Examining the Gate Part 6: Early Lane

dg map

As we all know, one of the most vital features of the MOBA genre is the map.  Unlike FPS or RTS games, maps in a MOBA are very few in number, as they are designed to handle a wide variety of characters who brings all sorts of tools to the game.  It’s a very daunting task since not only do the developers have to balance the map for the current cast of characters, but future developments as well.

Dawngate’s map turns the tides on the genre by introducing concepts that has not been practiced elsewhere.  Instead of three lanes, we have two.  The jungle is large, and covers both sides of the lane instead of merely one side.  Finally, it is completely symmetrical, much like a soccer field or a hockey arena.

With all this being said, there has been views within the Dawngate community on whether or not this is a good thing.  Many players who are against the current map design often mention perceived flaws like the large number of Tall Grass segments and the small lanes.

For example, many people praise DOTA2’s and Heroes of Newerth laning phase because of the depth it offers.  With the use of creep blocking, creep pulling, and creep denial are used to manipulate the creep traffic and it becomes a huge tug of war where the two sides of the lane constantly fight on the most favorable spot for ganks/farming.  Throw in the L-shaped lane and one side that “favorable” to a specific team, and that’s where the discussion of team strategies comes in.  It’s an interesting mechanic, but it’s not what Dawngate is aiming for.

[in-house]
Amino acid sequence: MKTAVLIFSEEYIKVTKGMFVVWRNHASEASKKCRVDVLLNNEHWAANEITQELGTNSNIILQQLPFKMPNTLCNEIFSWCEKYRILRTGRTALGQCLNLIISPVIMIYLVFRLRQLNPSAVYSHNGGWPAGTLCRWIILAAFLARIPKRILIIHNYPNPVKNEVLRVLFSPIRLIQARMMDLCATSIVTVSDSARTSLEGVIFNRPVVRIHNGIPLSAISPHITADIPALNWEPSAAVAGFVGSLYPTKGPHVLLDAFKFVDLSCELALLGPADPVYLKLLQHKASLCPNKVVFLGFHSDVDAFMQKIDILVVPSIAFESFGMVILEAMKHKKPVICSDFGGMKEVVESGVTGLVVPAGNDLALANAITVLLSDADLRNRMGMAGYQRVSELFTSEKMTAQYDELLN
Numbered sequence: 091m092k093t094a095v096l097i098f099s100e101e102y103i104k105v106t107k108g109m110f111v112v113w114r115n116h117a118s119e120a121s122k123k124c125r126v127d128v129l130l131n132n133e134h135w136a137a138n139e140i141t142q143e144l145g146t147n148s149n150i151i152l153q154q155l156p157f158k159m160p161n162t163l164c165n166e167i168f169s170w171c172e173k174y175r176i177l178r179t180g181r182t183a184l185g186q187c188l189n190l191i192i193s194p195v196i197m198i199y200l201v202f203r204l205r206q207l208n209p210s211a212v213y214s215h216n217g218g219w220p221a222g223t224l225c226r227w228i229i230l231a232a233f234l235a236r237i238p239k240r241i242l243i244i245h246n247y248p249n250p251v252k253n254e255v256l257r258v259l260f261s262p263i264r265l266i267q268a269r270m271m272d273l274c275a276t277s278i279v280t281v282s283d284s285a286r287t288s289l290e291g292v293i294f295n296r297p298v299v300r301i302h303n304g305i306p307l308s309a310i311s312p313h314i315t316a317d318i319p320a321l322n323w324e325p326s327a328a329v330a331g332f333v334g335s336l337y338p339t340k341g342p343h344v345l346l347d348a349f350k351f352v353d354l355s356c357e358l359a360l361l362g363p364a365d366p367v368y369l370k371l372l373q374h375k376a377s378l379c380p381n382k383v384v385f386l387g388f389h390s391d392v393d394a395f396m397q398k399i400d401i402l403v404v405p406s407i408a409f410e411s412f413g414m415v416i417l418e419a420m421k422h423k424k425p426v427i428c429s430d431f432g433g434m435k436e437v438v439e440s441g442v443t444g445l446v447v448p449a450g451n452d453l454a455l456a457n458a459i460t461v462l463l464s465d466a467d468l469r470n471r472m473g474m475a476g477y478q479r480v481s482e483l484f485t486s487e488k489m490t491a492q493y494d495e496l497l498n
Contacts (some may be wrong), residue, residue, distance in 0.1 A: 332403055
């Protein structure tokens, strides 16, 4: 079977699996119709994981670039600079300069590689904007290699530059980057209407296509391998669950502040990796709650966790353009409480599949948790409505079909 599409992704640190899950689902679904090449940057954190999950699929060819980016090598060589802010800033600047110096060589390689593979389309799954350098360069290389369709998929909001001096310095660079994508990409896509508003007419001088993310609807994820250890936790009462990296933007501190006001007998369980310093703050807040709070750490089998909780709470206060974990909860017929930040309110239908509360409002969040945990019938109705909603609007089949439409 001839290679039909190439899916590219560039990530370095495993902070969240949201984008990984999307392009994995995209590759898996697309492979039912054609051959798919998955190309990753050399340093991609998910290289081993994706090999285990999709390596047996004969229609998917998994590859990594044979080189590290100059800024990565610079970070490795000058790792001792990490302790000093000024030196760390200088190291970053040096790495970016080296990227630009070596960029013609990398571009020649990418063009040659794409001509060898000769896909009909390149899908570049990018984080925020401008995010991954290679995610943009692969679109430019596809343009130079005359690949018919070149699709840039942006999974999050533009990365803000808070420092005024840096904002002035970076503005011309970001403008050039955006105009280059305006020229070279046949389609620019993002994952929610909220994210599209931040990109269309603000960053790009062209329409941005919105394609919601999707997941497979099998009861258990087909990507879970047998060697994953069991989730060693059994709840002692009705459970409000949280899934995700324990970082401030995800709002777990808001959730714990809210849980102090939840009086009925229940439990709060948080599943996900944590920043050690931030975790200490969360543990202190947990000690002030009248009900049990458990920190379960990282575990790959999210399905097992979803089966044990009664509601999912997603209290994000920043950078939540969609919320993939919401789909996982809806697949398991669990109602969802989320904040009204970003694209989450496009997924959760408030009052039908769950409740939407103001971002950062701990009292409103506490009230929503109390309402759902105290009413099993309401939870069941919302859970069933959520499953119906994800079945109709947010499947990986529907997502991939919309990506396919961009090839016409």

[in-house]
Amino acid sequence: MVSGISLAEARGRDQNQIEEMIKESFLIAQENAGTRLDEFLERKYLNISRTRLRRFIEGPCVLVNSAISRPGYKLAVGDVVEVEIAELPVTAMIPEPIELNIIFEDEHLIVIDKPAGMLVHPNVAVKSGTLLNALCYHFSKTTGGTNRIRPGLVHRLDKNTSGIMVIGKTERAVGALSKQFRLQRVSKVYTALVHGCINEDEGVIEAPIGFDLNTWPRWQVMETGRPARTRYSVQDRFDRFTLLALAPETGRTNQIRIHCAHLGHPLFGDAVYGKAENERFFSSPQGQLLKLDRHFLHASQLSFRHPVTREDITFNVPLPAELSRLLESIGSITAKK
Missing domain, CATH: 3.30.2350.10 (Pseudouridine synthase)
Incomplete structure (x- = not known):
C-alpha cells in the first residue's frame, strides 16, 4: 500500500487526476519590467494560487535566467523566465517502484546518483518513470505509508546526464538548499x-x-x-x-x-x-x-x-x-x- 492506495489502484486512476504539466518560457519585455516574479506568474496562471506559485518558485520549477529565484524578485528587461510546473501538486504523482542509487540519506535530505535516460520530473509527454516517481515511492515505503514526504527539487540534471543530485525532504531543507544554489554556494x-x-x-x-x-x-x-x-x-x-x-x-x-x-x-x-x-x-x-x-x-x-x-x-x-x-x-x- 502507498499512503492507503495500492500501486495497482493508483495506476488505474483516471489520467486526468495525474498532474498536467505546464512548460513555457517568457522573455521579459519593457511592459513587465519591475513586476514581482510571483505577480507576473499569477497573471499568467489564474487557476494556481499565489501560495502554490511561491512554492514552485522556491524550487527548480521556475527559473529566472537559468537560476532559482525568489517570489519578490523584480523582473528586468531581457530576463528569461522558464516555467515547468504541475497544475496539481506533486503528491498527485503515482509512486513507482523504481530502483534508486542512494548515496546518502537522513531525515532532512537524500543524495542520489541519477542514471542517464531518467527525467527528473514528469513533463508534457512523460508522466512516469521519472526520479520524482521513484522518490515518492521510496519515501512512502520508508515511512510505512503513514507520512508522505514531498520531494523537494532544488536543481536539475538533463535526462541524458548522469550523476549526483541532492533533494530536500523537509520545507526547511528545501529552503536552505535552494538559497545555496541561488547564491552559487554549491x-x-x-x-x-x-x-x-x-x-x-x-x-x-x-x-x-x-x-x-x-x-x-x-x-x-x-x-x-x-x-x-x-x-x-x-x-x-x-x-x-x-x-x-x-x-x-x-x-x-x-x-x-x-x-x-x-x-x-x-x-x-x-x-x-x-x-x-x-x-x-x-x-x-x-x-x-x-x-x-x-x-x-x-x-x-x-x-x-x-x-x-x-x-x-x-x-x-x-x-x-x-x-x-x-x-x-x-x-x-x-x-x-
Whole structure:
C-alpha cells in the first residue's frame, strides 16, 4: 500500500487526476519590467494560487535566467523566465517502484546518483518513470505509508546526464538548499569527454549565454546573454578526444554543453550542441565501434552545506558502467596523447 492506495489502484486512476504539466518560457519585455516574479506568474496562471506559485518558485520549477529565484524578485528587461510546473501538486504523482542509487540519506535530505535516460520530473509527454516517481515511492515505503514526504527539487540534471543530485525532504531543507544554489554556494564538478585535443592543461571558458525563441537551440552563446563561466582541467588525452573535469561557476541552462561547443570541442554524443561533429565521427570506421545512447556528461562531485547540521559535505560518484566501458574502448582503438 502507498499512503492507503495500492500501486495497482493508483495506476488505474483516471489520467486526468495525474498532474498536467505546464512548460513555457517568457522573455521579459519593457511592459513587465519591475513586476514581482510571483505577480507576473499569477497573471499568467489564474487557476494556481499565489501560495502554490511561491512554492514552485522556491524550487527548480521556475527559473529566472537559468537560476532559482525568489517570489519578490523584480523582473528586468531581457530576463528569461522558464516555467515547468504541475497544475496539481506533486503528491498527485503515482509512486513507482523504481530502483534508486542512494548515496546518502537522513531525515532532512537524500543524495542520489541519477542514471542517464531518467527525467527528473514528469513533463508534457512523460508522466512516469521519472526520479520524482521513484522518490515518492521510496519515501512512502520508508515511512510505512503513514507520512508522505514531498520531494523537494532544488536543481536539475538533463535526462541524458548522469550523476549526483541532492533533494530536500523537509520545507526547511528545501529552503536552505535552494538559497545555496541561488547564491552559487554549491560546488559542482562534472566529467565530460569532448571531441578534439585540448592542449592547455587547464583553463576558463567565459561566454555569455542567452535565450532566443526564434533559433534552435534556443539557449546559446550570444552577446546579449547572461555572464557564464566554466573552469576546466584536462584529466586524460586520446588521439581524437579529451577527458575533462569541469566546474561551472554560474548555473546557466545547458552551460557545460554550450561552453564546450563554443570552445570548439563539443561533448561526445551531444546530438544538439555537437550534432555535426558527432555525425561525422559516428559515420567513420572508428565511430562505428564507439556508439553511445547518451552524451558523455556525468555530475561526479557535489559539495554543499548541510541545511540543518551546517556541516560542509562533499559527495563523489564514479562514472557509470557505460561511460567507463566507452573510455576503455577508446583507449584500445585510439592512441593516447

If you look at Dawngate’s map as a whole, you’ll realize that this game has a lot of objectives the players need to worry about, yet not enough resources to do so.  You have four spirit wells, eight buff camps, sixteen creep camps, six bindings, and one evolving parasite.  With these many objectives, the only tools you have are your team of 5 Shapers and only 5 Wards.  Because of the limited resources, making a decision to attack a certain objective has a large weight to it and it promotes a far more aggressive and pro-active approach then one expects from the MOBA genre.

The evidence to support this notion can be seen from the first very lane between the first two towers.  Unlike the L-shaped DOTA or the C-shaped lanes in LoL, Dawngate’s is a simple straight line.  There are two bindings, bushes in the middle on side of the lane, and each binding has a bush nearby so an enemy shaper can harass shapers using a binding a safe spot.  Sounds unfair?  Not if you understand their intentions.

As mentioned before, Dawngate is about objectives and aggression.  This includes the lane layout.  The lane layout isn’t designed for farming, but designed for pushing and rewarding proper aggressive tactics.  In other words, it’s less about lane control and more focused on area control.  Your job in the lane is to constantly push the enemy towards their binding to not only deny their farm but position them in a way that is favourable to your team to harass them further.  It punishes them for being put into a corner.

In other words, laning phase is more like this: